The Institute of Place Management has joined a collective of organisations representing the high street in writing to the Prime Minister to request further support for businesses that face ‘spiralling operating costs’.
The letter calls for help to secure the ‘early promising shoots of growth’ following the covid pandemic with a package of measures including business rates relief and a reduction in headline VAT rates for retail, leisure and hospitality.
In raising awareness of the perilous position of many high street businesses, IPM is joined by 12 organisations from across many sectors including ATCM, UKHospitality, British Property Federation, Night Time Industries Association, Civic Voice, and the BID Foundation.
Following the welcome announcement of support for industry’s energy bills via a 6 month price cap, IPM and others urge the new administration not to ignore other economic pressures that ‘threaten a bright future for town centres everywhere’.
The letter states:
We write to you as a collective of organisations representing a diverse group of high street interests across the private, public and voluntary sectors. Through our respective networks, we can see first-hand the corrosive effect a toxic mix of challenges is having on investment and jobs in our town centres. This is not just about energy but also other spiralling operating costs compounded by weak consumer confidence. The early promising shoots of growth as high street activity returned after the disruption of COVID lockdowns were hard won. It would be tragic for that growth to come to an abrupt halt with the closure of many businesses.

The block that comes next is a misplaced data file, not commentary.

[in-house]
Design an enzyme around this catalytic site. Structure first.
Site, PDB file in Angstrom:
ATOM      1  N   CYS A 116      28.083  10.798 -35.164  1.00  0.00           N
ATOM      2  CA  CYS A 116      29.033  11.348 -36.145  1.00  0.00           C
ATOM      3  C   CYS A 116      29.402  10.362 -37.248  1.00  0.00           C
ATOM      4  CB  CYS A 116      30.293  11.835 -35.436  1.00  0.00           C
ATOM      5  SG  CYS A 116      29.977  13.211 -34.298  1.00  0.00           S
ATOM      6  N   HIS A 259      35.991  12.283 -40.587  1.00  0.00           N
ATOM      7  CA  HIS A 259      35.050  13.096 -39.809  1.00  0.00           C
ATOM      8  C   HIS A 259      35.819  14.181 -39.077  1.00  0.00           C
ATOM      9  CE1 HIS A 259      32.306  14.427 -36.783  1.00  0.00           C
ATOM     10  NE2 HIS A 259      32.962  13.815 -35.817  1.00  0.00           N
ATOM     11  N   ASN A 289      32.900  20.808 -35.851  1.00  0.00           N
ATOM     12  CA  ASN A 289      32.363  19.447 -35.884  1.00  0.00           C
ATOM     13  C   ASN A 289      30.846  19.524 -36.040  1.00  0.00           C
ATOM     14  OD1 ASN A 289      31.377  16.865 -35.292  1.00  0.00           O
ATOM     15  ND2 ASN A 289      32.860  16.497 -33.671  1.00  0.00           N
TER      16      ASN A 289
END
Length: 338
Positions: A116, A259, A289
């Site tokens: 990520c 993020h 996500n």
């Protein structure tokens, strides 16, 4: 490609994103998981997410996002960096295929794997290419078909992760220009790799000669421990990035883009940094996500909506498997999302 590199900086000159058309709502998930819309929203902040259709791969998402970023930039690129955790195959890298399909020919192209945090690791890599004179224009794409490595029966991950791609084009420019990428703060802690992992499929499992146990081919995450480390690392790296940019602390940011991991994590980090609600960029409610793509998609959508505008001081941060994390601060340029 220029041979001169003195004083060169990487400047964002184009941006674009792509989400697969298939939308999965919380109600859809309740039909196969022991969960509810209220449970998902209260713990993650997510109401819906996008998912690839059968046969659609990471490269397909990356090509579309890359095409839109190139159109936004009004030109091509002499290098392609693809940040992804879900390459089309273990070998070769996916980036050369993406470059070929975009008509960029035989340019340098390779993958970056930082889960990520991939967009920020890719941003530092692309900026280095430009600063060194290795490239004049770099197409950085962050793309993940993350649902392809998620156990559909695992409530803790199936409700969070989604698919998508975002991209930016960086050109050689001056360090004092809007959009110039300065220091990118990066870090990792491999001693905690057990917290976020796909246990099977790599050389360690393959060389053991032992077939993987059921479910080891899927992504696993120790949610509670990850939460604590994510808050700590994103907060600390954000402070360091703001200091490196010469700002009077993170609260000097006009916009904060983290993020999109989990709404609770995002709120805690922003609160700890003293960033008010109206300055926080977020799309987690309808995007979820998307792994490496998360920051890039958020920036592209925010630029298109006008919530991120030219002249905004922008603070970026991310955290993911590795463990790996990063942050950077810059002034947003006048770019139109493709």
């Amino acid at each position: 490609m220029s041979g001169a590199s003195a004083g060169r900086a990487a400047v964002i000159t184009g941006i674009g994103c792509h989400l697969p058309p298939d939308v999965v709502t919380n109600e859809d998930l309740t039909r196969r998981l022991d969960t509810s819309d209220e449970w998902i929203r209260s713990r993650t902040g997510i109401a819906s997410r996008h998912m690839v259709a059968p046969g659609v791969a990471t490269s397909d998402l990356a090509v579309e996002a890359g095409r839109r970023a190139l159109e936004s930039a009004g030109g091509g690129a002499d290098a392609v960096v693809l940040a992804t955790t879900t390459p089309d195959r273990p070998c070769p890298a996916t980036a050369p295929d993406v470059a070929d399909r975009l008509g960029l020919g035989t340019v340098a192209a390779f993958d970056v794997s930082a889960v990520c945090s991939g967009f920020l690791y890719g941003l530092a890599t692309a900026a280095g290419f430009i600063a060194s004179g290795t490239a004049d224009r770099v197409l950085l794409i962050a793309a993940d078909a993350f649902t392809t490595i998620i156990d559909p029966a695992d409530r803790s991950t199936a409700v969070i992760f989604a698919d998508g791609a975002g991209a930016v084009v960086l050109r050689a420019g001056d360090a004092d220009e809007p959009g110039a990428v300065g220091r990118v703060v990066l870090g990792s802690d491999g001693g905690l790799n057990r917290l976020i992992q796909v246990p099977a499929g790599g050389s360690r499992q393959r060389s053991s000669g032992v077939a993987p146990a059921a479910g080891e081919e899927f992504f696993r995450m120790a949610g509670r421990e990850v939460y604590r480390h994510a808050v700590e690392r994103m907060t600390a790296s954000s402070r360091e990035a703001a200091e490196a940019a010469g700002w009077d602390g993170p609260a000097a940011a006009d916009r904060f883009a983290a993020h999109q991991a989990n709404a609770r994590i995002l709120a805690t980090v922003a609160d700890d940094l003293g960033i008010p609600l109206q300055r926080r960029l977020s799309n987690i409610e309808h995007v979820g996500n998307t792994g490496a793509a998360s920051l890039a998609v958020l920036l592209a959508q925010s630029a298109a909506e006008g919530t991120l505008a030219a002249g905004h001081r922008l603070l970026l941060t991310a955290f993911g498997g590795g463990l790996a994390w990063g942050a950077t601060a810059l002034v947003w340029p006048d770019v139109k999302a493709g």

Referring to the BusinessSOS campaign supported by over 150 Business Improvement Districts, examples of local high street businesses are cited to show the scale of the challenge many face. The Stanley Arms and Market Tavern in Preston are two examples of successful pubs which, facing rising electricity prices and supply costs, are at threat of closure and job losses.
The economic pressures cut across sectors and the letter cites a shoe retailer and repairer in Southampton, established for 220 years that also face job losses due to low consumer confidence and soaring costs.
IPM Chair, Professor Cathy Parker said:
The Institute represents all those who, as accredited professionals, take decisions in the best interests of places. There is unanimity amongst placemakers and industries on the high street about the need to support the businesses that have worked so hard to help towns and cities get back on their feet since the height of COVID lockdowns.
Facing inflationary pressures and changes to consumer behaviour in the short-term, it’s vital that we do what we can to ensure high streets aren’t stripped of the kinds of shops, hospitality, entertainment and services, which people need.